Most importantly for communities like Sanibel, this bill recognizes the need to improve coordination between state and local resource managers. These are the people who are on the front lines, the people who make the decisions to close beaches, fishing areas and shellfish beds.  While of course these decisions are important to protect human health and life they also have significant economic impacts.

To do this, the bill would “mandate creation of Regional Research and Action Plans that would identify baseline research, possible state and local government actions to prepare for and mitigate the impacts of HABs, and establish outreach strategies to ensure the public is informed of the dangers these events can present. A regional focus on these issues will ensure a more effective and efficient response to future events.”

We at PURRE have been talking to Congress about HAB legislation for more than two years now. This bill was developed with the cooperation and coordination with PURRE and other stakeholders around the country. Now that we have a bill in the Senate PURRE will continue to work on its passage and hopefully its implementation.

While there is no companion bill in the House we are working with the House Science Committee to have this bill introduced in that body. As you may recall we were successful last year in working with the Committee to get a hearing on HABs to discuss the extent of the problem.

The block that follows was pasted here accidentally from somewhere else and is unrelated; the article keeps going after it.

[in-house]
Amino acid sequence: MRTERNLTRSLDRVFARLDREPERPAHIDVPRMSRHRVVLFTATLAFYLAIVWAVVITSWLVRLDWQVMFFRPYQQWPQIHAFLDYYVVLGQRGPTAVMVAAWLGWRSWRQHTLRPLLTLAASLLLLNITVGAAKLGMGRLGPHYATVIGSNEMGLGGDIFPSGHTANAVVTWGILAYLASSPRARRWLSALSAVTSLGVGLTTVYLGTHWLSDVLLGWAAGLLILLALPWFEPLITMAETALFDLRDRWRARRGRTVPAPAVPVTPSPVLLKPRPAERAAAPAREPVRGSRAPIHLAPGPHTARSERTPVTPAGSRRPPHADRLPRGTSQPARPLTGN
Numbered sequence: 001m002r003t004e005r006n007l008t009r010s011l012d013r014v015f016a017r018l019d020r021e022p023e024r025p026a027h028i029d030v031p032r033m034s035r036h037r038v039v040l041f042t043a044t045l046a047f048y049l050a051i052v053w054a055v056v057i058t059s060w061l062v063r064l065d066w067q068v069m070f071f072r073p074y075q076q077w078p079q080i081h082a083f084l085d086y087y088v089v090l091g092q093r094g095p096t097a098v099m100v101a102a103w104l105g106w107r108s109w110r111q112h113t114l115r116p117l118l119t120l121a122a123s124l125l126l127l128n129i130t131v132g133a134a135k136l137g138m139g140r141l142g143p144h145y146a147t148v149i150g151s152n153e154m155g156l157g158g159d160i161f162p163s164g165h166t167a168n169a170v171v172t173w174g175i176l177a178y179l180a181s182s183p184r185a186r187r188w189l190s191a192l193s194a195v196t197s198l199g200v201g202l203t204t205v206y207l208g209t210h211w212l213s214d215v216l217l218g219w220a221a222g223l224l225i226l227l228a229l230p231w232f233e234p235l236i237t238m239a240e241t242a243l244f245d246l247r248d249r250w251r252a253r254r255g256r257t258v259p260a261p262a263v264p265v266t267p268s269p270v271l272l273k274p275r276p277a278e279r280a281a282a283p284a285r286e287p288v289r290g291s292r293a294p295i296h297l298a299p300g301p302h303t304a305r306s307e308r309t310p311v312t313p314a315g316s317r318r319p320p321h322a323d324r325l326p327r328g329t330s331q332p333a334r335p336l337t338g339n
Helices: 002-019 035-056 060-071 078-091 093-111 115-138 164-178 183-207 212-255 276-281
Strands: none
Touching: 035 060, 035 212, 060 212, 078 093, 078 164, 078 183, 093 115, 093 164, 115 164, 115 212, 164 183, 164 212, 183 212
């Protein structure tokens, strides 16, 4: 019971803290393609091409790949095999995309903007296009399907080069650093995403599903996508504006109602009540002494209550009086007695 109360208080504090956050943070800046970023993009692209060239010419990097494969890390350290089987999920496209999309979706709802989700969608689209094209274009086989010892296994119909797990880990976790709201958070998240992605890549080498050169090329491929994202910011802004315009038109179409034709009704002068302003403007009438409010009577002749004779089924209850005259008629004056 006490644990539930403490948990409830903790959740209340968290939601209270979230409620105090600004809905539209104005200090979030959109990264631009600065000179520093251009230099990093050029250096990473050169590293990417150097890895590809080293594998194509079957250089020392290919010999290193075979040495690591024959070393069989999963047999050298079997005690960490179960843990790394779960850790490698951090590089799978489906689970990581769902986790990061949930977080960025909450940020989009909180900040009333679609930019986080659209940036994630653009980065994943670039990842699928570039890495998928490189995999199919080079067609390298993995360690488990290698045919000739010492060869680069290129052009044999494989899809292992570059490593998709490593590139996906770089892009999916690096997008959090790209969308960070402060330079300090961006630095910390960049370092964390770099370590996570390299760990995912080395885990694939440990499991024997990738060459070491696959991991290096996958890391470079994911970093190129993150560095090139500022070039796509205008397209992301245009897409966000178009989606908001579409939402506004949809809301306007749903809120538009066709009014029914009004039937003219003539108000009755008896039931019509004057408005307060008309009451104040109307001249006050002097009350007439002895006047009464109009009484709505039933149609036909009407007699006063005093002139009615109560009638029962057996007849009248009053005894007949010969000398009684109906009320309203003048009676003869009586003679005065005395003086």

We will be meeting later this month with both House and Senate staff to continue our efforts to move this legislation.

May 11, 2009



The above article is about a new bill in the United States Senate which will authorize money for research and to help communities like ours manage the effects of Harmful Algal Blooms (HABs). What follows is some more information about HABs. This information comes from the National Oceanic and Atmospheric Administration (NOAA) and the Centers for Disease Control (CDC).

According to NOAA ,“Harmful Algal Blooms are blooms of species of algae that have negative impacts on human, marine environments, and/or coastal economies. HABs include blooms of both microalgae (microscopic, single celled) and macroalgae (seaweeds).” While there are many different forms of both, the most common for us are red tide and red drift algae.

Most algae are very important to salt and fresh water ecosystems and most species are not harmful.  however, Harmful Algal Blooms have been reported in almost every U.S. coastal state and according to NOAA they are on the rise. So while we have seen HABs in our waters over the years, and in particular red drift algae, as seen in this photo from 2007, this is a national issue.